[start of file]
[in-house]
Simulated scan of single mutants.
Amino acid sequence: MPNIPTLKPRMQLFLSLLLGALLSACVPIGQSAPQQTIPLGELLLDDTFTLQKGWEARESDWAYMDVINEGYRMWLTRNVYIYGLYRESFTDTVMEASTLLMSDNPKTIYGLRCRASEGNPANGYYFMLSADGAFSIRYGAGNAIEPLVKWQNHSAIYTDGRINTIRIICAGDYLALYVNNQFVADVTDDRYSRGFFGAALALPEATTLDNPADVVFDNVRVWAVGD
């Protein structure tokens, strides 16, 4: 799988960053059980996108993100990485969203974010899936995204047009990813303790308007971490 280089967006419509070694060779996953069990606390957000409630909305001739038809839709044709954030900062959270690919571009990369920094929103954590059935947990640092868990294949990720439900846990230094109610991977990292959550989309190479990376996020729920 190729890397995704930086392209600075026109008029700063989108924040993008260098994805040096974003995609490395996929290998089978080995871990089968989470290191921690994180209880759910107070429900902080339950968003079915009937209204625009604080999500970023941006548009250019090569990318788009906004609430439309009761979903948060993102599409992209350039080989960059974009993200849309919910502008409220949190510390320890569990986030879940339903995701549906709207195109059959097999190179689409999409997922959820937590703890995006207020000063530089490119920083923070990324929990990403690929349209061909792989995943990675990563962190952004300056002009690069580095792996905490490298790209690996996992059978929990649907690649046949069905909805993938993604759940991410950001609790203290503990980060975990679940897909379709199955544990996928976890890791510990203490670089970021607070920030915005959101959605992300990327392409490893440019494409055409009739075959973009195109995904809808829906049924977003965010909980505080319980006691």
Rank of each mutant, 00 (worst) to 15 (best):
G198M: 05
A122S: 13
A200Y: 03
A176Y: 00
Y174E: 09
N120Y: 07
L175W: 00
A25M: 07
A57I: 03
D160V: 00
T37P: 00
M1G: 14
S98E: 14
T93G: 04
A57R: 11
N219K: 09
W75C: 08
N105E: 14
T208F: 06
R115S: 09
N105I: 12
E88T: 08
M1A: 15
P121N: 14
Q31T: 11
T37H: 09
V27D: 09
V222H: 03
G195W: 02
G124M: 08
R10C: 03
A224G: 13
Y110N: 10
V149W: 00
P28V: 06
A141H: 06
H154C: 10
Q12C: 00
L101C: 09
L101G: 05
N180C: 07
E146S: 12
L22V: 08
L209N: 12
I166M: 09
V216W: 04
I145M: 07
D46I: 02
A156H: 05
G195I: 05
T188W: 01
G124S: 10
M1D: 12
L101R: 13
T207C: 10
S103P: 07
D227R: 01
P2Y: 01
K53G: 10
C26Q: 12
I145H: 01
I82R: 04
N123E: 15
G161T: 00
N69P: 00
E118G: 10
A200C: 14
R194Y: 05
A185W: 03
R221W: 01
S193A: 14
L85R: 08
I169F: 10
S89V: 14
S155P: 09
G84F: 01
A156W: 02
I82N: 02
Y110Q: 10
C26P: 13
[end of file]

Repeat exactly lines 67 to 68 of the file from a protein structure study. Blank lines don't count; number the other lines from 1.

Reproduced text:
I82R: 04
N123E: 15